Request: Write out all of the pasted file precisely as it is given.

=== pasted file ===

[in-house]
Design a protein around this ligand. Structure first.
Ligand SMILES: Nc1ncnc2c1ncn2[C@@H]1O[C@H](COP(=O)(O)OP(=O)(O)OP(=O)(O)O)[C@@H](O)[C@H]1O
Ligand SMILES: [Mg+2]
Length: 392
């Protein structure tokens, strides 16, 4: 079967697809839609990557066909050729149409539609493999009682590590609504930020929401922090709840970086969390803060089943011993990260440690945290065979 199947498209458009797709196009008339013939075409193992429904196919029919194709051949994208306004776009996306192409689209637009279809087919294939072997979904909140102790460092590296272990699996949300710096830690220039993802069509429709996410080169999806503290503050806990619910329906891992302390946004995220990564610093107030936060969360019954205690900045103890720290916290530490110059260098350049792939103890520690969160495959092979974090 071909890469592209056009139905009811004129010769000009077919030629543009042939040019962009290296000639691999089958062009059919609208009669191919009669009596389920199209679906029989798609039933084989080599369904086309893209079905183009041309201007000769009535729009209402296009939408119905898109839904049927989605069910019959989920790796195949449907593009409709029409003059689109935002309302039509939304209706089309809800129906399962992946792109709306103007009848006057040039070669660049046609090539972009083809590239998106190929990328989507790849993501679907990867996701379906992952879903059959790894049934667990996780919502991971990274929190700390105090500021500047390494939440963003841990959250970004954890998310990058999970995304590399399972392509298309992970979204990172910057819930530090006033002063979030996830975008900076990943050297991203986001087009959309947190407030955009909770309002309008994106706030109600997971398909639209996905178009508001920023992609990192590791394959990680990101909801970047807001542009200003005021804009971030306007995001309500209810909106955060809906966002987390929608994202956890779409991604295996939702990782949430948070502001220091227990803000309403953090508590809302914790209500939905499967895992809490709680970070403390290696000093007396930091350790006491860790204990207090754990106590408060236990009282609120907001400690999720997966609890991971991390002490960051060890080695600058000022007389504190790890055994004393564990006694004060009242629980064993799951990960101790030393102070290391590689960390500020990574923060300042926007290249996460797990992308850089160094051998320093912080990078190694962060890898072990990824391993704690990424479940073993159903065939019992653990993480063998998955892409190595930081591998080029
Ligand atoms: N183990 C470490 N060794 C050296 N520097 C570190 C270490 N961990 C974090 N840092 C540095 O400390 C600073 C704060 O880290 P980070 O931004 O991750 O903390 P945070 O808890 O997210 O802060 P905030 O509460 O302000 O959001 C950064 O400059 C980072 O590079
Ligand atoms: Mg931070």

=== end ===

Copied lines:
[in-house]
Design a protein around this ligand. Structure first.
Ligand SMILES: Nc1ncnc2c1ncn2[C@@H]1O[C@H](COP(=O)(O)OP(=O)(O)OP(=O)(O)O)[C@@H](O)[C@H]1O
Ligand SMILES: [Mg+2]
Length: 392
């Protein structure tokens, strides 16, 4: 079967697809839609990557066909050729149409539609493999009682590590609504930020929401922090709840970086969390803060089943011993990260440690945290065979 199947498209458009797709196009008339013939075409193992429904196919029919194709051949994208306004776009996306192409689209637009279809087919294939072997979904909140102790460092590296272990699996949300710096830690220039993802069509429709996410080169999806503290503050806990619910329906891992302390946004995220990564610093107030936060969360019954205690900045103890720290916290530490110059260098350049792939103890520690969160495959092979974090 071909890469592209056009139905009811004129010769000009077919030629543009042939040019962009290296000639691999089958062009059919609208009669191919009669009596389920199209679906029989798609039933084989080599369904086309893209079905183009041309201007000769009535729009209402296009939408119905898109839904049927989605069910019959989920790796195949449907593009409709029409003059689109935002309302039509939304209706089309809800129906399962992946792109709306103007009848006057040039070669660049046609090539972009083809590239998106190929990328989507790849993501679907990867996701379906992952879903059959790894049934667990996780919502991971990274929190700390105090500021500047390494939440963003841990959250970004954890998310990058999970995304590399399972392509298309992970979204990172910057819930530090006033002063979030996830975008900076990943050297991203986001087009959309947190407030955009909770309002309008994106706030109600997971398909639209996905178009508001920023992609990192590791394959990680990101909801970047807001542009200003005021804009971030306007995001309500209810909106955060809906966002987390929608994202956890779409991604295996939702990782949430948070502001220091227990803000309403953090508590809302914790209500939905499967895992809490709680970070403390290696000093007396930091350790006491860790204990207090754990106590408060236990009282609120907001400690999720997966609890991971991390002490960051060890080695600058000022007389504190790890055994004393564990006694004060009242629980064993799951990960101790030393102070290391590689960390500020990574923060300042926007290249996460797990992308850089160094051998320093912080990078190694962060890898072990990824391993704690990424479940073993159903065939019992653990993480063998998955892409190595930081591998080029
Ligand atoms: N183990 C470490 N060794 C050296 N520097 C570190 C270490 N961990 C974090 N840092 C540095 O400390 C600073 C704060 O880290 P980070 O931004 O991750 O903390 P945070 O808890 O997210 O802060 P905030 O509460 O302000 O959001 C950064 O400059 C980072 O590079
Ligand atoms: Mg931070």